U.S. trucking industry shipments declined for the second consecutive month in March, a trade group said Thursday.
The American Trucking Associations said its seasonally adjusted truck tonnage index fell by 3.2 percent in March versus the previous month. In February the index declined by 3.6 percent, according to revised figures.
Because more than two-thirds of all manufactured and retail goods in the U.S. are carried by truck, the industry is considered an important economic bellwether.
The Alexandria, Va.-based trucking group said its tonnage index stood at 110.1 in March, the lowest level since November 2003 and 2.6 percent below year ago levels. The index, which stood at 100 in 2000, measures the weight of freight hauled by U.S. truckers, based on surveys from its membership.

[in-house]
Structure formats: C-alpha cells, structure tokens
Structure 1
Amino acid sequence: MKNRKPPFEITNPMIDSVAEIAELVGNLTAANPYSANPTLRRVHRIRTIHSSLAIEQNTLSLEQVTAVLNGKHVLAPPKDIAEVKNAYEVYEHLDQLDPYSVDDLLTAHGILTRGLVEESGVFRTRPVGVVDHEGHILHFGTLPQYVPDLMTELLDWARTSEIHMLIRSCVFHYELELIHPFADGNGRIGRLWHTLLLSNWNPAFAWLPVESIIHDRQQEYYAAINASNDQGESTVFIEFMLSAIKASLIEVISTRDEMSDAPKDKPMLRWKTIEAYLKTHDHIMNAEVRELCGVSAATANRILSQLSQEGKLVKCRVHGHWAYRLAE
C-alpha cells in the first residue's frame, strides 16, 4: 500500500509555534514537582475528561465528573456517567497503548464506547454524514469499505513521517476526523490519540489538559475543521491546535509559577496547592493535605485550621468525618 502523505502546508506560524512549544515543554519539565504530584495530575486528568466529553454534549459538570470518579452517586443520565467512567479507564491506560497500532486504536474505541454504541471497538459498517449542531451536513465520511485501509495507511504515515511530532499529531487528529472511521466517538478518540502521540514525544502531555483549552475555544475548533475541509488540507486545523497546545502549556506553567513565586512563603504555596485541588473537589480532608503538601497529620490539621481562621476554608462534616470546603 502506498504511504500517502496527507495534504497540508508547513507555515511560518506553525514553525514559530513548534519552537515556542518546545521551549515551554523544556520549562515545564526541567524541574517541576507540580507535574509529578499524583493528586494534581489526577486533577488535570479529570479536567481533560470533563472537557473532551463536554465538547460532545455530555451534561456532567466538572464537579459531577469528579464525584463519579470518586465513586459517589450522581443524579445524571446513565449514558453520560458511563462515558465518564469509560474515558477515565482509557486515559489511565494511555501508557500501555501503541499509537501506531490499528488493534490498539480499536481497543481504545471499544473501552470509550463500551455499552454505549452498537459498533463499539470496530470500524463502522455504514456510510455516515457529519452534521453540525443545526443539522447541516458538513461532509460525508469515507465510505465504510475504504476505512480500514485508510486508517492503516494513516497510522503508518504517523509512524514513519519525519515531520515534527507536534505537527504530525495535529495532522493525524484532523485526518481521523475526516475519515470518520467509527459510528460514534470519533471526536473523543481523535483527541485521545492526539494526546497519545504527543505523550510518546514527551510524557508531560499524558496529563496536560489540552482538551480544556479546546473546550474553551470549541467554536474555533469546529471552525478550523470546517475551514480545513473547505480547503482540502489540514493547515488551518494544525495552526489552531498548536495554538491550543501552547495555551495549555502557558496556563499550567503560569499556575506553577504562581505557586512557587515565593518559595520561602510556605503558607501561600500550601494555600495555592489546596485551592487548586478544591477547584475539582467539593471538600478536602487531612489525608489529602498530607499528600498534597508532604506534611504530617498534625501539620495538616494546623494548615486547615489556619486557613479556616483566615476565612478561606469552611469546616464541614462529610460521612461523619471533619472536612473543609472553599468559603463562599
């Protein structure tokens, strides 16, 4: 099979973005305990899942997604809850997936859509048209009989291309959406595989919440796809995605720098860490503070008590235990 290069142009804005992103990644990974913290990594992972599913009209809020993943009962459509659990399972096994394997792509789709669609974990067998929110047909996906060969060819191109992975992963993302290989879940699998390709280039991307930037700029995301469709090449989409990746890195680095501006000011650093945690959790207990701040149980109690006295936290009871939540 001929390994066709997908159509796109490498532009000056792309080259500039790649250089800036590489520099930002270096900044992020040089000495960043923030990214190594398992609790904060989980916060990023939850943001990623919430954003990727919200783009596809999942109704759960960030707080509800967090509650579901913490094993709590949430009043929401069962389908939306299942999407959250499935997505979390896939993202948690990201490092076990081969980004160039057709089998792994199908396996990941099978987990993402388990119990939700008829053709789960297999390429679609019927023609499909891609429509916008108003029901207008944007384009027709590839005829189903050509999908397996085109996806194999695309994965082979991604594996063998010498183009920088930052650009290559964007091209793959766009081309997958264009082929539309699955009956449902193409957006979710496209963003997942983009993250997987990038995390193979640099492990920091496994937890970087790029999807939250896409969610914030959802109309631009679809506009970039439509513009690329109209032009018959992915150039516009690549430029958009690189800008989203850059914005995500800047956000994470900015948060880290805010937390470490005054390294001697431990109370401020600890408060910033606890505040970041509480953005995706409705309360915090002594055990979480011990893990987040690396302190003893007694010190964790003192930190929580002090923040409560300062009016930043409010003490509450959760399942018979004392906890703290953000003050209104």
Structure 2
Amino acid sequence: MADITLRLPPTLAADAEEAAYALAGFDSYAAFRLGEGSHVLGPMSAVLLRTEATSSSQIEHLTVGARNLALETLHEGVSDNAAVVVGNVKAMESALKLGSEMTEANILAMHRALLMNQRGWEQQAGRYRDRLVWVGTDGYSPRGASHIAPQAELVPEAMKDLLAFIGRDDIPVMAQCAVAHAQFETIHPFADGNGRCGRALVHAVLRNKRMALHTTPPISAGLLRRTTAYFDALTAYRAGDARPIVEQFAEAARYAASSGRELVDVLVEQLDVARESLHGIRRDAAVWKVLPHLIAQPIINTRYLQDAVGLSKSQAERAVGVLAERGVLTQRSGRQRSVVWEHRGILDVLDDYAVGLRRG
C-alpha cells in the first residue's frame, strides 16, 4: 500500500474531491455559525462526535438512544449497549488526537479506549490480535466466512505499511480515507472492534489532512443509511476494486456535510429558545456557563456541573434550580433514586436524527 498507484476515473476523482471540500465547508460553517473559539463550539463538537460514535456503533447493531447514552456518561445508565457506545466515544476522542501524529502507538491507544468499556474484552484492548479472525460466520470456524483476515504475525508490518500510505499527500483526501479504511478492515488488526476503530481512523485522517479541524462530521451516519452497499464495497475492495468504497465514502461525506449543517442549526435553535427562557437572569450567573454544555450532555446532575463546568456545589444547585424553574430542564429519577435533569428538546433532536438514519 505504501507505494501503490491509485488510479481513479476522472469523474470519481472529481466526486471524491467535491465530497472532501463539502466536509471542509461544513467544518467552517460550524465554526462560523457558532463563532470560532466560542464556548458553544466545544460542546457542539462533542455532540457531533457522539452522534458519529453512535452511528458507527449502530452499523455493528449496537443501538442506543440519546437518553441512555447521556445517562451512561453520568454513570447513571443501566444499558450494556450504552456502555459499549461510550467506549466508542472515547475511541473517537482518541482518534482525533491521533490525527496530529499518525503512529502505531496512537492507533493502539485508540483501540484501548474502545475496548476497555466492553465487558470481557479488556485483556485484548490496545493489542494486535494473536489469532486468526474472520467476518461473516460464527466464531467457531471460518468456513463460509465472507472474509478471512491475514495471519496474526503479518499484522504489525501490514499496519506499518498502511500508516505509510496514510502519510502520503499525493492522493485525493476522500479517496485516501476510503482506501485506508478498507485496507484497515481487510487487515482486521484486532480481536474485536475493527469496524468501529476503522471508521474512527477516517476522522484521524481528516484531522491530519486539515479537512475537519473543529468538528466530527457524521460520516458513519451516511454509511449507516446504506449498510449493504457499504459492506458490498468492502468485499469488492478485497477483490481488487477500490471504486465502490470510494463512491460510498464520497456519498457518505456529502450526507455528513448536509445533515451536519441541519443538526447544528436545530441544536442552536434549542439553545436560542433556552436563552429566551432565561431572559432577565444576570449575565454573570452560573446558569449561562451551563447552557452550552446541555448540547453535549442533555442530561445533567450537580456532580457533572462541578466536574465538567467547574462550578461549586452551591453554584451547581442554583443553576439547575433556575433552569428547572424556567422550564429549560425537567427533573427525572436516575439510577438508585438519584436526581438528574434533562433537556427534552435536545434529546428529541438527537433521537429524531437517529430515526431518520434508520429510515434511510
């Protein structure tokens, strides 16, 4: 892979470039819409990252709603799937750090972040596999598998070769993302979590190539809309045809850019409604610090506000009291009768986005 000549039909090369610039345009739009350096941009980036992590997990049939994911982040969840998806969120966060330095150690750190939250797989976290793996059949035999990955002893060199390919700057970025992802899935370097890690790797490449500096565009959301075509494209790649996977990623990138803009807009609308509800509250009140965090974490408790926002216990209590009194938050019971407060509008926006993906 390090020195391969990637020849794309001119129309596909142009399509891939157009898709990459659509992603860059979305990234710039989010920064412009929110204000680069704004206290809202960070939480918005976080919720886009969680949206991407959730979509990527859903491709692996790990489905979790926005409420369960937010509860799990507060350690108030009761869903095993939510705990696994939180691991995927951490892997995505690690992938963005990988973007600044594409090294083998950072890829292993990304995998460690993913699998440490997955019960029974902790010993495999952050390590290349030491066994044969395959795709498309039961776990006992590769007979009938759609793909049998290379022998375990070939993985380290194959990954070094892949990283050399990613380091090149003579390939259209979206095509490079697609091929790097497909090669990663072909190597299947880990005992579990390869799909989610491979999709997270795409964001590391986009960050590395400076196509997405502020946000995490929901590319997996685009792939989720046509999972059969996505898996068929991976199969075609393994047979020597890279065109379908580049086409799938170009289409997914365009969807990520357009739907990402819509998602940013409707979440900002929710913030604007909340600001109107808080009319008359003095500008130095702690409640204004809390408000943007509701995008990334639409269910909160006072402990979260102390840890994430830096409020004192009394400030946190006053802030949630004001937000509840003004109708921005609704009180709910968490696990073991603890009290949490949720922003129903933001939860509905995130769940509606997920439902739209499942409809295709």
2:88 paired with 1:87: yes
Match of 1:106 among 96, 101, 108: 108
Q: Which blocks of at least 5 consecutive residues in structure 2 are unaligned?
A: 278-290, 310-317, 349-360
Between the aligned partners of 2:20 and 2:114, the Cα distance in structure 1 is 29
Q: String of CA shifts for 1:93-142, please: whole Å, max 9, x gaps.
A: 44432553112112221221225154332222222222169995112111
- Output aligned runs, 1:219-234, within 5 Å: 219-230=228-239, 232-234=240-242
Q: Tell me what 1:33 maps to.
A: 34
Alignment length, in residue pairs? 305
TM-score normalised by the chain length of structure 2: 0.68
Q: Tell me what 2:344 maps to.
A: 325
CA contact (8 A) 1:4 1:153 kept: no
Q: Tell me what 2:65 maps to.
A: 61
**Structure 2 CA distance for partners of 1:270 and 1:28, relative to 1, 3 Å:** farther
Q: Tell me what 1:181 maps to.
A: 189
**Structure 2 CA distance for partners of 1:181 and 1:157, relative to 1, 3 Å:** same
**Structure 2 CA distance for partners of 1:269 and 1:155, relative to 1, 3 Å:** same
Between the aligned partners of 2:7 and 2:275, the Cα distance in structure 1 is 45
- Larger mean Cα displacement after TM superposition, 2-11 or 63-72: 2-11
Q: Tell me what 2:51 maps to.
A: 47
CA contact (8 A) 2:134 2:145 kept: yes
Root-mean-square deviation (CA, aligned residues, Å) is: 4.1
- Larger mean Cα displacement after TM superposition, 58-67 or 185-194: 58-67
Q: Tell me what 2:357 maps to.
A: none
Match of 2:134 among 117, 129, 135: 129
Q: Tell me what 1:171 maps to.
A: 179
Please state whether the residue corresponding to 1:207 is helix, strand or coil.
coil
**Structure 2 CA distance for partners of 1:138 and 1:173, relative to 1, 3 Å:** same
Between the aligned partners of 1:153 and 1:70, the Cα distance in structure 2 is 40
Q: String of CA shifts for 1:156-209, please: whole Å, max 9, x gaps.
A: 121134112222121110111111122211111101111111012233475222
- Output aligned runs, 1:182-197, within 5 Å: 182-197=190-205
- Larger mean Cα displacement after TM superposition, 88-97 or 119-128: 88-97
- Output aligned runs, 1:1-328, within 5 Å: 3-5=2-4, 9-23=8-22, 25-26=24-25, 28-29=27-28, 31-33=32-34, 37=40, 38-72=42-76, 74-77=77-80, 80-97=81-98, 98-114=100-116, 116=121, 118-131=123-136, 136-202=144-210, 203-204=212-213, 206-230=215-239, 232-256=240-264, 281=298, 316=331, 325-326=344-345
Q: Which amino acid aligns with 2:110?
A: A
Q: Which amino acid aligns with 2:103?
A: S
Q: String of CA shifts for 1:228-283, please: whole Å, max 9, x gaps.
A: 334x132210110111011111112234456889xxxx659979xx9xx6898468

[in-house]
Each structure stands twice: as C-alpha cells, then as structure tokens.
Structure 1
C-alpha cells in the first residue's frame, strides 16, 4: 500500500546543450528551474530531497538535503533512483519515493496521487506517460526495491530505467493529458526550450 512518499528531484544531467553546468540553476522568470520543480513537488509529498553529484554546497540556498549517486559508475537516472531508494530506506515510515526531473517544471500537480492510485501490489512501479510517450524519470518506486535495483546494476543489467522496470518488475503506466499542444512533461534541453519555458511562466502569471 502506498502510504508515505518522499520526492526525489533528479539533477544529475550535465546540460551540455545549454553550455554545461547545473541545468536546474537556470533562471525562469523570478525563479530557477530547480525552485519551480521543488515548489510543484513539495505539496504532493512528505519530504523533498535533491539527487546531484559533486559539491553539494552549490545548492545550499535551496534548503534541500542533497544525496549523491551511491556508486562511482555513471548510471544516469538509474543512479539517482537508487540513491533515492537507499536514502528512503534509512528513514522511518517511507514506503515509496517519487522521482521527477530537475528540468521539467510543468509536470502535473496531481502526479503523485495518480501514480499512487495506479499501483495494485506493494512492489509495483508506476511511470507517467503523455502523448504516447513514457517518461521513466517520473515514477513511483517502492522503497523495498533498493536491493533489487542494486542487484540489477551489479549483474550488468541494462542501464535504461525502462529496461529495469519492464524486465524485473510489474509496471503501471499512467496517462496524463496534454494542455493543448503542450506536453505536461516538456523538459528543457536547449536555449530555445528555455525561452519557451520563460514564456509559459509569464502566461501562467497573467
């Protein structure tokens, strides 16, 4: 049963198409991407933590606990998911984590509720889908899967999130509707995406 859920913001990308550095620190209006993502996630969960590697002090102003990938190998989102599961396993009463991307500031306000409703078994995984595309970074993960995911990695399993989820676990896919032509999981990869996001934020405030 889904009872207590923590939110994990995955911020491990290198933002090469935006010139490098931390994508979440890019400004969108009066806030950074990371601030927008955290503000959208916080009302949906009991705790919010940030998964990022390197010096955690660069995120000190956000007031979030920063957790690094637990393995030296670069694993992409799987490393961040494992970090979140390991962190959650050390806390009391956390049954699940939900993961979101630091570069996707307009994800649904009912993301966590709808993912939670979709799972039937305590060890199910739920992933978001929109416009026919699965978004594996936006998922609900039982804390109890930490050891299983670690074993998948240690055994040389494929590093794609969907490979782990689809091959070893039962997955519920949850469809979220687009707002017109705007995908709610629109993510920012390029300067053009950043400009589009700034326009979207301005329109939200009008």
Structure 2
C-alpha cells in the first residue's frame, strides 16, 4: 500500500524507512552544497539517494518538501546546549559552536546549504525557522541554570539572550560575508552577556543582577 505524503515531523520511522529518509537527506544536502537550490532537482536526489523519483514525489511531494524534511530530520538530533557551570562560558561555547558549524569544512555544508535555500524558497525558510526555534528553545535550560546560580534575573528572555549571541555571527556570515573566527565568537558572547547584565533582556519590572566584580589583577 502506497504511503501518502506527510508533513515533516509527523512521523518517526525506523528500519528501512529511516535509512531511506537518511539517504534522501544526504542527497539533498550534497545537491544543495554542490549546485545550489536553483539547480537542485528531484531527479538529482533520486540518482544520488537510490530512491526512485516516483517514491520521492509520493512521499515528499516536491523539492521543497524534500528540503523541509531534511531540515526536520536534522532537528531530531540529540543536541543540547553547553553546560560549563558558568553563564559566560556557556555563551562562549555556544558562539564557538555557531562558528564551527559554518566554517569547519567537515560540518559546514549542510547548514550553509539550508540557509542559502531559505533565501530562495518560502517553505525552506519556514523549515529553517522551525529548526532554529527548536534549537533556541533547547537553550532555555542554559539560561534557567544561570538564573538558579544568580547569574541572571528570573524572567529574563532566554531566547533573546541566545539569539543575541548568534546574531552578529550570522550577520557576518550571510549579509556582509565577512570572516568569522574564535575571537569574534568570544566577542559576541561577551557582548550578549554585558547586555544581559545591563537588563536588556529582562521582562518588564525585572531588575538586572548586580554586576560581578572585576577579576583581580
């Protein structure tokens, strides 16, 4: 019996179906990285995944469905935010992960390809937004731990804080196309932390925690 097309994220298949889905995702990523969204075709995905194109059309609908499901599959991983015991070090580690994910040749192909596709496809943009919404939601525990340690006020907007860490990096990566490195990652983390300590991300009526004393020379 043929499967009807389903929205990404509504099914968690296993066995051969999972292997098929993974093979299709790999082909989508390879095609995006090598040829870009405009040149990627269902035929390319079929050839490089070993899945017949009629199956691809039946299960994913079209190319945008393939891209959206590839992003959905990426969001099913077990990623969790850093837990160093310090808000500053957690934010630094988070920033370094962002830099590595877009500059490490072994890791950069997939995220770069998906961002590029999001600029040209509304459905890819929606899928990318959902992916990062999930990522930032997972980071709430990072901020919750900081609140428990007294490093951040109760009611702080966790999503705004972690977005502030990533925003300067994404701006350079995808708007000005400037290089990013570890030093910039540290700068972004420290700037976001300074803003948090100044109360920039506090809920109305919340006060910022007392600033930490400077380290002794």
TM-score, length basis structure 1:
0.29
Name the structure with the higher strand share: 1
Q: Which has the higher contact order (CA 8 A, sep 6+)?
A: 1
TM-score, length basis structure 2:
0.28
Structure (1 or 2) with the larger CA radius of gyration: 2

Truckers have seen their fuel costs surge in the past few years, though unlike airlines they have been able to pass most of those extra expenses through to customers.
"Anecdotally, nobody's out there saying freight is really strong, we're not hearing that," said Bob Costello, the association's chief economist. "But we're also not hearing 'We're dying.' Hopefully this will be short-lived."
Earlier this week, the trade group projected that the U.S. trucking industry would spend $94.3 billion on fuel throughout 2006, an increase of $6.6 billion from the year before. Nationwide, diesel prices average $2.88 a gallon.